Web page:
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Little Triumphs

Two days after I brought my daughter home from the hospital, the novelty wore off. No one had told me that aside from feeding, sleeping, and filling their diapers, newborns don't actually do very much. Pretty soon I was longing for those big breakthroughs, that first smile or first word  -- signs that Eve appreciated all my hard work.

But what I hadn't factored in was that those major milestones depend on a whole series of invisible achievements. And just because your baby doesn't seem to be doing very much doesn't mean she isn't watching and absorbing what goes on around her. All of these milestones count toward those big baby firsts you can't wait for.

Understands what you tell her

Eve knew what I was saying long before she learned how to form words  -- I used this skill to train her to fetch my slippers for me!

How you'll know it's kicked in: Even before she starts to babble, your baby is tuning in to the sound of words. By around 4 months she'll recognize her name and start trying to copy the noises she's heard you make. By about 6 months she's heard certain speech sounds  -- such as the "ee" in Mommy, Daddy, and doggy  -- thousands of times, and can pick out that sound clearly in speech. By 1 year she'll probably be able to show that she connects those words to the things they label. I'd ask, "Eve, where is the doggy?" and she'd glance over at the family pooch.

Why it's important: She's using what she hears to learn how to talk. This is where her copycat skills come into play. When she starts to vocalize and you take turns to coo at each other, she'll try to copy your tone and accent. And though you may not understand what she's saying, you'll notice that she sounds different when she's excited or surprised or asking a question.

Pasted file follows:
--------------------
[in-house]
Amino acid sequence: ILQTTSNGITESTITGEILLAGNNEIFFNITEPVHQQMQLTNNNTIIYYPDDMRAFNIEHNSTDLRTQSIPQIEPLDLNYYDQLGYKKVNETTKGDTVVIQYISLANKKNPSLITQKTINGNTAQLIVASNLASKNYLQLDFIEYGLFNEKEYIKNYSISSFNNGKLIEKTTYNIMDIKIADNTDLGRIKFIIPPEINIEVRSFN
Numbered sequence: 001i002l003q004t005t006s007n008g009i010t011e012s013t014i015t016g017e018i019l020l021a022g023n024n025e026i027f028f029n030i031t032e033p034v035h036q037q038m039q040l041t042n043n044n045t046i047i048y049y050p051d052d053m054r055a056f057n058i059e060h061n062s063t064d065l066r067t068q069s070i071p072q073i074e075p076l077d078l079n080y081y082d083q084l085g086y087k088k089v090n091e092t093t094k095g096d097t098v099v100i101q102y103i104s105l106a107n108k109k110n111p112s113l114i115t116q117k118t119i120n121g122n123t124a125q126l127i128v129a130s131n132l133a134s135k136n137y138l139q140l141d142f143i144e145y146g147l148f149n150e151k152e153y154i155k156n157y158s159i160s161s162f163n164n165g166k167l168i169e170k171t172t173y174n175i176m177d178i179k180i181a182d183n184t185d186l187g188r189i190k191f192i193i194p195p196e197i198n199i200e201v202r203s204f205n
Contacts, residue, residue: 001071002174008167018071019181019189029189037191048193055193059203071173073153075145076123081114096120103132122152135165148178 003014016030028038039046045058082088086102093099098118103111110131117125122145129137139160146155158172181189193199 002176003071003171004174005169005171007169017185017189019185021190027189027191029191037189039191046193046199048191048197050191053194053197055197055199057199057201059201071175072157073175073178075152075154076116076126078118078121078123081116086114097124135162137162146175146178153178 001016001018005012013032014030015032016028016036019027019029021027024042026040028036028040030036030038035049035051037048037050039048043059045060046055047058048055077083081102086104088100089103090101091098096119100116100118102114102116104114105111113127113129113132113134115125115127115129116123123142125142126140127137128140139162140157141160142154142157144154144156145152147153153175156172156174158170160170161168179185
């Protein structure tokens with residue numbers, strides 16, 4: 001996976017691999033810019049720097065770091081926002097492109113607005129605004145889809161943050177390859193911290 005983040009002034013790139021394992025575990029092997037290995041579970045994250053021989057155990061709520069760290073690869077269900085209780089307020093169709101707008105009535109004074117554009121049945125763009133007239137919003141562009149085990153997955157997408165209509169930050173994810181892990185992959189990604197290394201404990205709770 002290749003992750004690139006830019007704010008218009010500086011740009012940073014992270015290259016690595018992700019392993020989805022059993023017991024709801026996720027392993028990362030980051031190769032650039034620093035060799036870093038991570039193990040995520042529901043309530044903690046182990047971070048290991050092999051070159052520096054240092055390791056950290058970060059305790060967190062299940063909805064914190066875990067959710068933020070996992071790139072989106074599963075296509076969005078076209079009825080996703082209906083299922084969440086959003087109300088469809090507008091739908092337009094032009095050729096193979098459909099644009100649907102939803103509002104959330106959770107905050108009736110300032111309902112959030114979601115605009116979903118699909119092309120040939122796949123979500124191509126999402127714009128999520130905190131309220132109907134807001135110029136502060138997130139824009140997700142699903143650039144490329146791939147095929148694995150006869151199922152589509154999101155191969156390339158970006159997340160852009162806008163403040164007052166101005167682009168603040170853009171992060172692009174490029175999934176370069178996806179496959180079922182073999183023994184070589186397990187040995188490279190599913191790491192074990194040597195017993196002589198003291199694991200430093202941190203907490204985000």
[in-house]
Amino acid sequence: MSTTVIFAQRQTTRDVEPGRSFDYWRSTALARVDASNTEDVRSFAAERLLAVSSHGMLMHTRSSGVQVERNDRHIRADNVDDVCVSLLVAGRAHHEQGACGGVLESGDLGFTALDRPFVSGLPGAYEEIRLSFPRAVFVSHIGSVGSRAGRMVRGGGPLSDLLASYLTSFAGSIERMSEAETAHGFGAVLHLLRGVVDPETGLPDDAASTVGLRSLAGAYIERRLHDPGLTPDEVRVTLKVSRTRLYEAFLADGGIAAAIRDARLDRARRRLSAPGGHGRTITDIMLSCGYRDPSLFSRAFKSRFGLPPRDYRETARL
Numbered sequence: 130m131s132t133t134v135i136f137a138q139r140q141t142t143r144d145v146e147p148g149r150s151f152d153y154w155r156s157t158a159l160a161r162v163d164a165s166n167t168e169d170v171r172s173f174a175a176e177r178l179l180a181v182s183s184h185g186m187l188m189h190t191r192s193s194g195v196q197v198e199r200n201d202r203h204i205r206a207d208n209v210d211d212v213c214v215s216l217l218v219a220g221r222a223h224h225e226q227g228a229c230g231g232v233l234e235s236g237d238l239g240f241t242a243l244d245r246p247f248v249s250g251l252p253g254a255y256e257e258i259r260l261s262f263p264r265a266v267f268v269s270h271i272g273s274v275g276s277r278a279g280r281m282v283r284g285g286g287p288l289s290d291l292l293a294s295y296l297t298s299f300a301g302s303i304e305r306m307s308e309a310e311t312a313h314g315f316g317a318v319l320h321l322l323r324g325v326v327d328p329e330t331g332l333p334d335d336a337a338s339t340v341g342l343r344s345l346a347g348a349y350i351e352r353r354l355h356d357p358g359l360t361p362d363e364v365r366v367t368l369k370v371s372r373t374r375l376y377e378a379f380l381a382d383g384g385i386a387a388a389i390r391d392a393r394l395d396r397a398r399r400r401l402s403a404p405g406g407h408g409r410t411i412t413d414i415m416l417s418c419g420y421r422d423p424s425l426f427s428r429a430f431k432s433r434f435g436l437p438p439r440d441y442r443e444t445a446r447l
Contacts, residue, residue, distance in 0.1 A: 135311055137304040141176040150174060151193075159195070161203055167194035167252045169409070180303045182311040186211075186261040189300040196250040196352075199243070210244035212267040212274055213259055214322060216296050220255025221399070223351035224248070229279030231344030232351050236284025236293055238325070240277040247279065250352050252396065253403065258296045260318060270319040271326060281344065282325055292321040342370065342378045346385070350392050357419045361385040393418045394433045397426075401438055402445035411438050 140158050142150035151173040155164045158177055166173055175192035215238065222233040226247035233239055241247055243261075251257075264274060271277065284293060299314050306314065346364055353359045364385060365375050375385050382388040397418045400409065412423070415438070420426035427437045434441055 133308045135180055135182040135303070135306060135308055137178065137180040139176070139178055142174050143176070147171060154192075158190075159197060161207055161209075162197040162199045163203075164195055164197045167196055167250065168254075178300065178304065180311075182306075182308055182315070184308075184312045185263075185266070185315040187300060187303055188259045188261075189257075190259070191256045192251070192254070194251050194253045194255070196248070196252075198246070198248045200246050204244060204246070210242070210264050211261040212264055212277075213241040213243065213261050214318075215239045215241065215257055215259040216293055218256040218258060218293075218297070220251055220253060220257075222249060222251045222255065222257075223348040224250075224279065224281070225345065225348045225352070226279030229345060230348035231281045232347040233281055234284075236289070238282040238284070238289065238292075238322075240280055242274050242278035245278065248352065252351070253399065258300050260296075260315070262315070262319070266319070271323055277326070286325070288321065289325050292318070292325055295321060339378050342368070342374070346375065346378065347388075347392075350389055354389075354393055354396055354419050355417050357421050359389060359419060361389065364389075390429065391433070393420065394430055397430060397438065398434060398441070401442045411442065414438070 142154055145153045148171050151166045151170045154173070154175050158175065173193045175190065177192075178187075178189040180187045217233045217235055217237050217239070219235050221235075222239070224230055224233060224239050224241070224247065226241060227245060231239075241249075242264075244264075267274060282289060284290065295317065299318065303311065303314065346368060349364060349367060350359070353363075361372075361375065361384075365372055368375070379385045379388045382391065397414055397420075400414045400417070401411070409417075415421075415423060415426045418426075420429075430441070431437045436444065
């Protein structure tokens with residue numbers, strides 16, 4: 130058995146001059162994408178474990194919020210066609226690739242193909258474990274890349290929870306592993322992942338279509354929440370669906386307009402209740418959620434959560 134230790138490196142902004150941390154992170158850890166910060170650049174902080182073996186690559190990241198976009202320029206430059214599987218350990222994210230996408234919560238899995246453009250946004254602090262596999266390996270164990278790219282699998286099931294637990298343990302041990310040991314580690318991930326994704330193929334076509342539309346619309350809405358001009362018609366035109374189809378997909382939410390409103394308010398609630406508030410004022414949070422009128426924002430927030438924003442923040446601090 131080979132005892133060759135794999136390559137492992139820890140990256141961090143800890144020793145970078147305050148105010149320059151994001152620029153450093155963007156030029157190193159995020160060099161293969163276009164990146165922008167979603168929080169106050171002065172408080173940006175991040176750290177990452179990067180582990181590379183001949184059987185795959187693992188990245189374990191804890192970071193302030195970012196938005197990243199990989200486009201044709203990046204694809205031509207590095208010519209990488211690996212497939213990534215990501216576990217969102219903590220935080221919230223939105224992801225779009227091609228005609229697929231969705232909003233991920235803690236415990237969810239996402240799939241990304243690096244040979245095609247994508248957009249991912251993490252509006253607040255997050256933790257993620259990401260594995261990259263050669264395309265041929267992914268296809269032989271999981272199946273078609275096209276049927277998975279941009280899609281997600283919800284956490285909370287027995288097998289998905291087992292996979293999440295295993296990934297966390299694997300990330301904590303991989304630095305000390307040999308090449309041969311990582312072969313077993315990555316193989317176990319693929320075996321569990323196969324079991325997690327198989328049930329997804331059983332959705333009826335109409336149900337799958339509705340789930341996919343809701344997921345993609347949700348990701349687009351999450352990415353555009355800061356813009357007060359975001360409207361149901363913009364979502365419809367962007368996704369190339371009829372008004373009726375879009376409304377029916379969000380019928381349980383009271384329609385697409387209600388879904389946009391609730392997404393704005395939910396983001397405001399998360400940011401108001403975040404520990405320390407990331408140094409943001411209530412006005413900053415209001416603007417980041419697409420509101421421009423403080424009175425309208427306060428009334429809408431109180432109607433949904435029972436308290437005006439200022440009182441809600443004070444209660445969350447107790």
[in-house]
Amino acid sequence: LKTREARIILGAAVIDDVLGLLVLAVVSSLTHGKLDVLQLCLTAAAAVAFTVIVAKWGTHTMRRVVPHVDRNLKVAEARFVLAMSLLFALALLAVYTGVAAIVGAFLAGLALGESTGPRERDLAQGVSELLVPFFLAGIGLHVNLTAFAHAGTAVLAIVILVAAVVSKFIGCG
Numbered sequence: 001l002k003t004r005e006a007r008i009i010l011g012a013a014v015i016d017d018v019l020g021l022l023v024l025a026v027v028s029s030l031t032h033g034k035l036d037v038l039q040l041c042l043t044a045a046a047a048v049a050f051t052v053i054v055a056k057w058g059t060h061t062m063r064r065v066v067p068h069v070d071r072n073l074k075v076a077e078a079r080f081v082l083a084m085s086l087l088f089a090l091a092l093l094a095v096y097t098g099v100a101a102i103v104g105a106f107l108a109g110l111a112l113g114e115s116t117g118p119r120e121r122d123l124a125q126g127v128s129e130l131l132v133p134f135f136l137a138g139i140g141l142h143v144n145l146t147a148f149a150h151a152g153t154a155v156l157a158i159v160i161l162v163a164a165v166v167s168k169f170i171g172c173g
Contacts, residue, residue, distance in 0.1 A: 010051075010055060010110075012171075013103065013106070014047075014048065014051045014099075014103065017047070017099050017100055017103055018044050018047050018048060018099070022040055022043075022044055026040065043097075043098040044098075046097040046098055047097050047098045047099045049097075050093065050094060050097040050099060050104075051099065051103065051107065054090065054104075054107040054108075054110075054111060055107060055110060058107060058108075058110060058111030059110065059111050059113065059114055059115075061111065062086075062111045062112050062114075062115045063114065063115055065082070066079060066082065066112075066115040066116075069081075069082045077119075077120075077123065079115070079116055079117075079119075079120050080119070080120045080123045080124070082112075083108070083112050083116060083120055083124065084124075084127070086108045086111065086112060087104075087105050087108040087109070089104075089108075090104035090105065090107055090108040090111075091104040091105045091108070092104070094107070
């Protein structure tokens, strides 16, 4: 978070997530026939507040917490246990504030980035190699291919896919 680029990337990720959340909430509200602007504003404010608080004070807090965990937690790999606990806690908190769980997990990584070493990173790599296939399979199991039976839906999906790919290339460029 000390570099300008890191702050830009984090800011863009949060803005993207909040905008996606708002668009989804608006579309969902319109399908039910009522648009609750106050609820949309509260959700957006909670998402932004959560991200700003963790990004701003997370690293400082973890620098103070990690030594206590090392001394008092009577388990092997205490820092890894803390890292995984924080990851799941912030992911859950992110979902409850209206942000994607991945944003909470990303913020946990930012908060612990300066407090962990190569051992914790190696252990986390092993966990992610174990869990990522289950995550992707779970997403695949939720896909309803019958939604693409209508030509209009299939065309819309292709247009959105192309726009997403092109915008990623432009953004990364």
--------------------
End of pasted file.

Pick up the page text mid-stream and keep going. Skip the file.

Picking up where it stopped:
Games you can play: This is easy. Your baby loves the sound of your voice, so let her hear it. Talk to her while you're out walking or doing things around the house; repeat things over and over. Or sing. You don't have to go overboard (babies like a little quiet time, too), but at this stage she's happy to listen to what you have to say.

Kate Brophy lives in Florida and has written for All You.

Knows an object exists (even if it's out of sight)

Take away your infant's favorite teddy and he really won't be bothered; as soon as it's gone, he's forgotten about it. That changes as he reaches 9 months and learns about object permanence, a fancy way of saying he'll keep pictures of things and people in his mind.

How you'll know it's kicked in: Now that your baby has a visual image of you in his head, he's a lot more aware of what he's lost when you leave the room. So you'll be very aware of his dismay whenever you do. Just ask Sydney Law of Sheperdstown, West Virginia: "Up to now I'd been feeling underappreciated because Bronte didn't bat an eyelid when I left her at daycare. Then she hit nine months and started to scream the place down!"

Why it's important: Being able to picture you when you're not there is vital for your baby's sense of security. "He needs to know that when you're gone you'll be coming back," says Linda Acredolo, Ph.D., a professor emerita of psychology at the University of California, Davis, and coauthor of Baby Minds.

Games you can play: Hide-and-seek games can help your baby work out that some things stay the same even if they disappear. Amy Biesterfeld of Boulder, Colorado, played a game with her daughter Grace as soon as she started to sit up: "I'd use a shipping tube, and put Grace's toys through it. At first she'd be amazed when they appeared through the other end, but as she got older, she knew they hadn't vanished into thin air. Now she's almost two and puts her toys down the tube herself."